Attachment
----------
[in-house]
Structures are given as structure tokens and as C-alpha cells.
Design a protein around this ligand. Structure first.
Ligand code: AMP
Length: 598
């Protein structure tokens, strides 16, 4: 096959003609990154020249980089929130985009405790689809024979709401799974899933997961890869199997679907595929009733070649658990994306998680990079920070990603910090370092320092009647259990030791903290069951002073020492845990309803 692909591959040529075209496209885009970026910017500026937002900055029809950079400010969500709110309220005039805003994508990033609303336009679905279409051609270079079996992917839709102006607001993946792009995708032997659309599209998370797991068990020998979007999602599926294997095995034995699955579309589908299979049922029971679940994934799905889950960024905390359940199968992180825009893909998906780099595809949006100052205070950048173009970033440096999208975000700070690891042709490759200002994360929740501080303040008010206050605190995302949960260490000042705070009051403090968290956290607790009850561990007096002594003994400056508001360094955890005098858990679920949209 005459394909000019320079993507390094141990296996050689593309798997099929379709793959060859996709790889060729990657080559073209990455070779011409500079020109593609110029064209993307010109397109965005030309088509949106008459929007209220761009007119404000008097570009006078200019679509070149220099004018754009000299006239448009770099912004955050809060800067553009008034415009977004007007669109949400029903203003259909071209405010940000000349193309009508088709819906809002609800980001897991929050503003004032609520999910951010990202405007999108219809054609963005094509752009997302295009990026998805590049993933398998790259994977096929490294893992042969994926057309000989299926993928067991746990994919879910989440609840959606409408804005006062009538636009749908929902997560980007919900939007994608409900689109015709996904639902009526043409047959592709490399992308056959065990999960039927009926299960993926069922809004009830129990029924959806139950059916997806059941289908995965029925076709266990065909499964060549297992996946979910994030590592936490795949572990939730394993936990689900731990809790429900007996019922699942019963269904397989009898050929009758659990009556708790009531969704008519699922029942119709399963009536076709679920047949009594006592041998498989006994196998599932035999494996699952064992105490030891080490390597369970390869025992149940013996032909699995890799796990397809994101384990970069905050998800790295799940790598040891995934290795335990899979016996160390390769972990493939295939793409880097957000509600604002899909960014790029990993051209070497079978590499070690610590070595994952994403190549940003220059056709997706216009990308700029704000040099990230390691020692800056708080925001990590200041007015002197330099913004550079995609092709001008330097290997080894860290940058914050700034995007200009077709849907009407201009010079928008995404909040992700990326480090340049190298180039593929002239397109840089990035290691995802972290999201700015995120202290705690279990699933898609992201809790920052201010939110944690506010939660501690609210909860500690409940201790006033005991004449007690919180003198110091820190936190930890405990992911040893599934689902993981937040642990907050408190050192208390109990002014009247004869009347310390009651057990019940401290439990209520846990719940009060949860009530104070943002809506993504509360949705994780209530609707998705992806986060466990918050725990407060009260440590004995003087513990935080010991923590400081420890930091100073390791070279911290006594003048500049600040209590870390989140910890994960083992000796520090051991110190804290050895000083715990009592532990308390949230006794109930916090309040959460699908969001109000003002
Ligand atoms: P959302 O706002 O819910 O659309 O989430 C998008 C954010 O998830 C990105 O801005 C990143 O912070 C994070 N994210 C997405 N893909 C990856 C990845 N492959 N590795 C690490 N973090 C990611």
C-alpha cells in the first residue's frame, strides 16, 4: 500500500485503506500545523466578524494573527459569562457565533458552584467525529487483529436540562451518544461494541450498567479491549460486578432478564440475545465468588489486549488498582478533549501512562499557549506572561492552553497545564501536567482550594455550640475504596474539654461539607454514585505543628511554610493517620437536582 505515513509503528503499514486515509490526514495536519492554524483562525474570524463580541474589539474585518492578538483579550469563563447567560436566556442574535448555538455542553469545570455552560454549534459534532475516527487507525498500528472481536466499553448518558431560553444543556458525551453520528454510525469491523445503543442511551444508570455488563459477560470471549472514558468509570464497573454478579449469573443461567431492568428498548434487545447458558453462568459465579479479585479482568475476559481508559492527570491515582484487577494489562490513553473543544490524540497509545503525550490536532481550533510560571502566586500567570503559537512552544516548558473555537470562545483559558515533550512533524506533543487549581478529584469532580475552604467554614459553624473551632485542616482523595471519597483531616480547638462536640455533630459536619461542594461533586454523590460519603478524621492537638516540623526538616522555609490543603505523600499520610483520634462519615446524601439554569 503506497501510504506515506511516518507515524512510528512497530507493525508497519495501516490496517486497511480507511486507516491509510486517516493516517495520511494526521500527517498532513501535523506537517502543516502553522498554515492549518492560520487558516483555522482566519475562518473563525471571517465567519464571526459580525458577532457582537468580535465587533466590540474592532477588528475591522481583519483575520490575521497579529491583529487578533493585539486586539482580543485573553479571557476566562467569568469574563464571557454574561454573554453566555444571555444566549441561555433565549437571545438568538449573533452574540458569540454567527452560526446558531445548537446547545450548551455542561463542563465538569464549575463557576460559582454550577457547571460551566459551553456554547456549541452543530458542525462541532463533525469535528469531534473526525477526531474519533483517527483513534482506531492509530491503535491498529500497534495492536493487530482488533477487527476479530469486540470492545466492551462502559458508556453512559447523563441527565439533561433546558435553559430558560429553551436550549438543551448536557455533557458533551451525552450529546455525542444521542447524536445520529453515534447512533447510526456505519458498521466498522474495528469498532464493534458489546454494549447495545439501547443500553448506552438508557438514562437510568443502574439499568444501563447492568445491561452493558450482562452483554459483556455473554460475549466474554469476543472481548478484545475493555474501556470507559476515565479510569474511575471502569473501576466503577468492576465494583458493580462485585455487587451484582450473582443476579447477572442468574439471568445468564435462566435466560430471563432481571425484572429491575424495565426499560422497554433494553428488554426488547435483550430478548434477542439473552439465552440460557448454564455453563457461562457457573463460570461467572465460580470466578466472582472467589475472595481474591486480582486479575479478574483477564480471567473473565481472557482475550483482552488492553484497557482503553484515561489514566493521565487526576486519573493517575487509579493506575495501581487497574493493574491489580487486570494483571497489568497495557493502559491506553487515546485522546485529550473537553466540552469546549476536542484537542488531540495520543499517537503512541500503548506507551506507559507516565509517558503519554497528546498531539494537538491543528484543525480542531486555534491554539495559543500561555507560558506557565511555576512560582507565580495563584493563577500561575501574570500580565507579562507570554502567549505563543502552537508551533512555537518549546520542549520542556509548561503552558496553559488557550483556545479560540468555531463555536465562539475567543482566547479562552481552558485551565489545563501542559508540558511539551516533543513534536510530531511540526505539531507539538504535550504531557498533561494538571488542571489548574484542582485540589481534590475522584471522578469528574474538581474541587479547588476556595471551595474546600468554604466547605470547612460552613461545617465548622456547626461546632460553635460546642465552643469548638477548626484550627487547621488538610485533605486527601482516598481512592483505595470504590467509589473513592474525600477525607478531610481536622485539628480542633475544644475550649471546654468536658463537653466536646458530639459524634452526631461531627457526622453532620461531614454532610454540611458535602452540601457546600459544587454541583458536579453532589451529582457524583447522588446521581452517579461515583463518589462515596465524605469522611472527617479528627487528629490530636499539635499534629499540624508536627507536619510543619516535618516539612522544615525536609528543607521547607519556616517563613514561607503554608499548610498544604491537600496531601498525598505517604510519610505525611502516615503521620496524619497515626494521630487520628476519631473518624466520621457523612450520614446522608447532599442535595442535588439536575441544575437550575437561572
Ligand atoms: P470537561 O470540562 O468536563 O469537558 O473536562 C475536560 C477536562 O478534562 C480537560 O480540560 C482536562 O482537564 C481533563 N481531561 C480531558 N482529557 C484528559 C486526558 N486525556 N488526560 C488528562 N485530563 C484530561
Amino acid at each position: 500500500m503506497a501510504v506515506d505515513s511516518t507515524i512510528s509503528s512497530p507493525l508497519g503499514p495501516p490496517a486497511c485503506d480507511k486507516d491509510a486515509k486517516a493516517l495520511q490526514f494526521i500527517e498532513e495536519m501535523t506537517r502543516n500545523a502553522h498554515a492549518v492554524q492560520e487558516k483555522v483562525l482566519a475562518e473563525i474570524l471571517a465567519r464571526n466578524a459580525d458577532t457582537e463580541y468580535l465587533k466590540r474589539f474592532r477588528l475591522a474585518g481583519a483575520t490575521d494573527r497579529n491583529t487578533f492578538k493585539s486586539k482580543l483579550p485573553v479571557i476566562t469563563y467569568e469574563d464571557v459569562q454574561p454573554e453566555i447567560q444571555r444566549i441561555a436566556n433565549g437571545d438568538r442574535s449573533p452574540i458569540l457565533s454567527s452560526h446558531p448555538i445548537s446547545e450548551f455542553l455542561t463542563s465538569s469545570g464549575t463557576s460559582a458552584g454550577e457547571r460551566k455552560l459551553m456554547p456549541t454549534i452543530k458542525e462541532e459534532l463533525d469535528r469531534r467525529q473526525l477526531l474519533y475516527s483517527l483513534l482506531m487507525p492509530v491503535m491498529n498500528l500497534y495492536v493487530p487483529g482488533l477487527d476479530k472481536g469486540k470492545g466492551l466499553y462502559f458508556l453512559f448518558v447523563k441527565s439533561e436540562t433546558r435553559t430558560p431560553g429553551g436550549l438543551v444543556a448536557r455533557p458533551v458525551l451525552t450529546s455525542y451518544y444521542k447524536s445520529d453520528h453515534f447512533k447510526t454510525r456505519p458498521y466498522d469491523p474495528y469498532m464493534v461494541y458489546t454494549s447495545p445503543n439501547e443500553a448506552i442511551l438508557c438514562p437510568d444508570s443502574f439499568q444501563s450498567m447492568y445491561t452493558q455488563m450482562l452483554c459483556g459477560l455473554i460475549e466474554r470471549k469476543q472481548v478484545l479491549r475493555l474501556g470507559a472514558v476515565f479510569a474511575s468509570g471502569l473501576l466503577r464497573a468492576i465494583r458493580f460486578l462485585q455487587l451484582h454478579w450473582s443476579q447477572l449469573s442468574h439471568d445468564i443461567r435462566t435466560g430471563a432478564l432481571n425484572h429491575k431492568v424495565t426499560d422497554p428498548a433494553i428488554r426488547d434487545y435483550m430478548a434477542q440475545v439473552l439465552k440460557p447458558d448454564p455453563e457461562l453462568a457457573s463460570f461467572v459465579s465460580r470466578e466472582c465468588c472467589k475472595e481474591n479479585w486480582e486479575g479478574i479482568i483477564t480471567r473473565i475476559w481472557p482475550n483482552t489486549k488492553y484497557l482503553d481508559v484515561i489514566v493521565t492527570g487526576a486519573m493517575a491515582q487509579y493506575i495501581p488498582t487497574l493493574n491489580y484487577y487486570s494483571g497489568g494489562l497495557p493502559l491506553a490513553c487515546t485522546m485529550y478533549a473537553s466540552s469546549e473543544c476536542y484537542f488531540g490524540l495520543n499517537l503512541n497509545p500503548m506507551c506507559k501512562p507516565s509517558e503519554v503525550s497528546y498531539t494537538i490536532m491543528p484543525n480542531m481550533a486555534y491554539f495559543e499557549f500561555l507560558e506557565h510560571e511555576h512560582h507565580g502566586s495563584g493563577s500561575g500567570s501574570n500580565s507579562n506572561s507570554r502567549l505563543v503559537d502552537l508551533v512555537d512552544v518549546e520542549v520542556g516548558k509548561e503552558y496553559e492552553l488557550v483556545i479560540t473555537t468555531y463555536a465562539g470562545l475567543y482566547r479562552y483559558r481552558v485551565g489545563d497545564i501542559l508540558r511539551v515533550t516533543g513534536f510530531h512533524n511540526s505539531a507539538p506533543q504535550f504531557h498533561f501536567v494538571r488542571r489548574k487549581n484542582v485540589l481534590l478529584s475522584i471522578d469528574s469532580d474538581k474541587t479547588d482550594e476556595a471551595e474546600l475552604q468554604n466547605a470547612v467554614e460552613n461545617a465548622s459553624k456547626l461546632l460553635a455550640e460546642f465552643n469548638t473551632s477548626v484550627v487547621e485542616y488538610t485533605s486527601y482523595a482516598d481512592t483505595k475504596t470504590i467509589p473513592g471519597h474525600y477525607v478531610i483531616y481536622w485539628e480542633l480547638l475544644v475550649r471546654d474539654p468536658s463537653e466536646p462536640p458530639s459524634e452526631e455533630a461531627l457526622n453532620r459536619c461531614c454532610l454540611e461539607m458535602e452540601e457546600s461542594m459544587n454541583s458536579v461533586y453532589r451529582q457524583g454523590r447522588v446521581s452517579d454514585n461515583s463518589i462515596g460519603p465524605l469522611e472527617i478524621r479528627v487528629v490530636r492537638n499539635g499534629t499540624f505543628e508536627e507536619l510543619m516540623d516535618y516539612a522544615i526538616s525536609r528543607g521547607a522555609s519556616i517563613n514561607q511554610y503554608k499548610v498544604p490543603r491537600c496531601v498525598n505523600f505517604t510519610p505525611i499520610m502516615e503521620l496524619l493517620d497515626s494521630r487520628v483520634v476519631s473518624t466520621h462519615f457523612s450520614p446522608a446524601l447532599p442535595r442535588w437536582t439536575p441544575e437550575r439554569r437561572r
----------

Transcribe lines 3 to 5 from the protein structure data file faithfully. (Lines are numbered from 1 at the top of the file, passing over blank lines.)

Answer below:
Design a protein around this ligand. Structure first.
Ligand code: AMP
Length: 598